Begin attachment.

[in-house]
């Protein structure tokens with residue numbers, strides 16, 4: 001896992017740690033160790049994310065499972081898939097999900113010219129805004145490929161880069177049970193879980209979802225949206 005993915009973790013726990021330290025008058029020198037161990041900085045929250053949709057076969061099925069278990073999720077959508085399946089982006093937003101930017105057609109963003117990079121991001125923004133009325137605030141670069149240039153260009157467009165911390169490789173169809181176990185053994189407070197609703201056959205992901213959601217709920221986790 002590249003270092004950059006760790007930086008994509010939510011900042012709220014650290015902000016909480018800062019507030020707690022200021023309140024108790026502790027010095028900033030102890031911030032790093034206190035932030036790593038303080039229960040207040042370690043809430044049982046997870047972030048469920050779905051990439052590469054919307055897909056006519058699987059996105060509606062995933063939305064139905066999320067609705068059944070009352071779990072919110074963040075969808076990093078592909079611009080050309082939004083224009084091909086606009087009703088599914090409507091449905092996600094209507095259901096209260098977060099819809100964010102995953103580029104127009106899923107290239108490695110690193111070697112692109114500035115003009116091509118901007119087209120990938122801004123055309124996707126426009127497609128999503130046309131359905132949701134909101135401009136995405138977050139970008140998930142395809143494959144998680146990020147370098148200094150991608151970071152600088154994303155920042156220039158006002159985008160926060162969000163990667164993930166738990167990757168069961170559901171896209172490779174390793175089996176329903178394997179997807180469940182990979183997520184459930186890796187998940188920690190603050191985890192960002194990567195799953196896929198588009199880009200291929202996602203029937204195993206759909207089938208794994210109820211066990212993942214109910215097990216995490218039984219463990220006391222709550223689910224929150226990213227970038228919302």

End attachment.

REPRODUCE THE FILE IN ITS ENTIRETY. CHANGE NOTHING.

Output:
[in-house]
């Protein structure tokens with residue numbers, strides 16, 4: 001896992017740690033160790049994310065499972081898939097999900113010219129805004145490929161880069177049970193879980209979802225949206 005993915009973790013726990021330290025008058029020198037161990041900085045929250053949709057076969061099925069278990073999720077959508085399946089982006093937003101930017105057609109963003117990079121991001125923004133009325137605030141670069149240039153260009157467009165911390169490789173169809181176990185053994189407070197609703201056959205992901213959601217709920221986790 002590249003270092004950059006760790007930086008994509010939510011900042012709220014650290015902000016909480018800062019507030020707690022200021023309140024108790026502790027010095028900033030102890031911030032790093034206190035932030036790593038303080039229960040207040042370690043809430044049982046997870047972030048469920050779905051990439052590469054919307055897909056006519058699987059996105060509606062995933063939305064139905066999320067609705068059944070009352071779990072919110074963040075969808076990093078592909079611009080050309082939004083224009084091909086606009087009703088599914090409507091449905092996600094209507095259901096209260098977060099819809100964010102995953103580029104127009106899923107290239108490695110690193111070697112692109114500035115003009116091509118901007119087209120990938122801004123055309124996707126426009127497609128999503130046309131359905132949701134909101135401009136995405138977050139970008140998930142395809143494959144998680146990020147370098148200094150991608151970071152600088154994303155920042156220039158006002159985008160926060162969000163990667164993930166738990167990757168069961170559901171896209172490779174390793175089996176329903178394997179997807180469940182990979183997520184459930186890796187998940188920690190603050191985890192960002194990567195799953196896929198588009199880009200291929202996602203029937204195993206759909207089938208794994210109820211066990212993942214109910215097990216995490218039984219463990220006391222709550223689910224929150226990213227970038228919302």